The speaking up culture at Lancashire and South Cumbria NHS Foundation Trust has developed positively since 2017, with increased reporting from workers year on year.
The Trust appointed a full time Freedom to Speaking Up Guardian in 2020 to focus upon the embedding a Speaking Up culture. Key to this work was the development of a reporting system that provides a safe space for staff to share their concerns across all the services within the Trust.
Initially using their Datix reporting system, now Ulysses – the incident reporting system used by most NHS organisations – concerns can be reported by workers into a secure page on the system, which immediately alerts the Guardian for their review. The Guardian can then review the concern and immediately alert executives, locality triumvirates, senior leaders within services. In cases of patient/worker safety concerns, assurance and any immediate action is required with 24 hours or sooner.
The reporting system is accessed through a Freedom to Speak Up icon installed on every trust computer desktop. The system allows workers to share their identity or remain anonymous, and to signal any neurodiversity needs, so the Freedom to Speak Up Guardian can align the appropriate communication and support to deal with their concern. Once a concern has been reported, the Guardian then contacts senior leaders – a triumvirate of Medical Director, Director of Nursing, and a Director of Operations, in each locality, and requests the matter is investigated, providing a response within 10 working days or less.
The Guardian uses the reporting system to run a weekly reporting dashboard for each locality. The services can then triangulate their own data, take ownership of any issues and make plans for self-improvement. The Datix system also allows for triangulation of information to proactively identify hot spots areas of concern within the Trust. The Trust produces heat maps, which are shared with the services monthly and used along with other assurance methods to look for areas of best practice and improvement.
An open culture is the expectation that people will be supported to speak up for the benefit of patient safety and the organisation’s culture; at LSCFT, this starts at the top. To further support the Trust to achieve a speaking up culture, CEO, Chris Oliver, has a ‘Contact Chris’ page that staff can directly share with Chris. This simple but effective demonstration of openness makes the executive team more accessible and visible throughout the Trust, and role models a Listen Up, Follow Up leadership culture.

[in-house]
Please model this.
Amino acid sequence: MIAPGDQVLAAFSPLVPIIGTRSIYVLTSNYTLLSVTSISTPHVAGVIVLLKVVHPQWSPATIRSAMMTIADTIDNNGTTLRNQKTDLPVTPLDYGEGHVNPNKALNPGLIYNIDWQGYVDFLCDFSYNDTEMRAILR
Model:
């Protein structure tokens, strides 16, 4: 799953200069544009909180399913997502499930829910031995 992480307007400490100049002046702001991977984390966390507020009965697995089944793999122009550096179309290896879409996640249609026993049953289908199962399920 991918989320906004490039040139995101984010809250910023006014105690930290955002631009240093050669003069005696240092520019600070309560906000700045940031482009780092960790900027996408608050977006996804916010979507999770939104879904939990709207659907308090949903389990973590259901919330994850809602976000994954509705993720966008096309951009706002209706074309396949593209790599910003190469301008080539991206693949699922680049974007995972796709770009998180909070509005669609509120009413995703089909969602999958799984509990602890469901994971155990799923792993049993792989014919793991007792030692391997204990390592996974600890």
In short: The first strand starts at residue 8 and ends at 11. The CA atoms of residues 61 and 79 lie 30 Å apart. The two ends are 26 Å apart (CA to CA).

To further ensure this, the Trust has implemented the national Freedom to Speak Up training as mandated learning, with a high percentage of compliance. Freedom to Speak Up is included in all staff inductions and the Trust has ensured there is a diverse and active Freedom to Speak Up ambassador network across the Trust, covering the major sites and services. The Board’s Senior Independent Director, Paul Farrimond, is the Non Executive Director for Freedom to Speak Up and he meets regularly with the Guardian, Executive lead and Chief Executive, again re-enforcing the importance of this agenda within the Trust.
Ursula Martin, Executive Lead for Freedom to Speak Up said, ‘The Trust has come a long way over the last few years regarding having a psychologically safe and Just Culture, one where concerns from staff are welcomed so we can take action and make improvements. We know there is more to do but speaking up safely is a big part of our improvement journey and we look forward to continuing the work we are doing and seeing the impact for patients, families and staff’.
Ken Levins, Freedom to Speak Up Guardian said, “Our vision for Speaking Up at Lancashire & South Cumbria Foundation Trust is to be the organisation that is the best at listening to concerns, the best at learning from concerns, and the best at keeping our patients and staff safe.”